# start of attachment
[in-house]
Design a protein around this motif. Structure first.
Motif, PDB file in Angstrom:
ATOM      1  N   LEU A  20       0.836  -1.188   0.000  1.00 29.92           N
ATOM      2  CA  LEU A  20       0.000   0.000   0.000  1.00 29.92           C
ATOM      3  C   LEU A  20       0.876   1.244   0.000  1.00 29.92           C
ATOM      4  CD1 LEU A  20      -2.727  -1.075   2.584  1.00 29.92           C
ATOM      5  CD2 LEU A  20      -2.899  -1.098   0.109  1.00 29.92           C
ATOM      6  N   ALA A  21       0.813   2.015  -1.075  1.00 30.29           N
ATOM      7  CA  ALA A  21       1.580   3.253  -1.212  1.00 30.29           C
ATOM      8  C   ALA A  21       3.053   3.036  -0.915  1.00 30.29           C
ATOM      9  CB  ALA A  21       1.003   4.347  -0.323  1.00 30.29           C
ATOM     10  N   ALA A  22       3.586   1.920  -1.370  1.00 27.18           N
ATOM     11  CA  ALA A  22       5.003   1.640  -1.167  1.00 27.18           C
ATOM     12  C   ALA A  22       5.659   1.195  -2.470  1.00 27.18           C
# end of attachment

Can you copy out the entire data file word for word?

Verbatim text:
[in-house]
Design a protein around this motif. Structure first.
Motif, PDB file in Angstrom:
ATOM      1  N   LEU A  20       0.836  -1.188   0.000  1.00 29.92           N
ATOM      2  CA  LEU A  20       0.000   0.000   0.000  1.00 29.92           C
ATOM      3  C   LEU A  20       0.876   1.244   0.000  1.00 29.92           C
ATOM      4  CD1 LEU A  20      -2.727  -1.075   2.584  1.00 29.92           C
ATOM      5  CD2 LEU A  20      -2.899  -1.098   0.109  1.00 29.92           C
ATOM      6  N   ALA A  21       0.813   2.015  -1.075  1.00 30.29           N
ATOM      7  CA  ALA A  21       1.580   3.253  -1.212  1.00 30.29           C
ATOM      8  C   ALA A  21       3.053   3.036  -0.915  1.00 30.29           C
ATOM      9  CB  ALA A  21       1.003   4.347  -0.323  1.00 30.29           C
ATOM     10  N   ALA A  22       3.586   1.920  -1.370  1.00 27.18           N
ATOM     11  CA  ALA A  22       5.003   1.640  -1.167  1.00 27.18           C
ATOM     12  C   ALA A  22       5.659   1.195  -2.470  1.00 27.18           C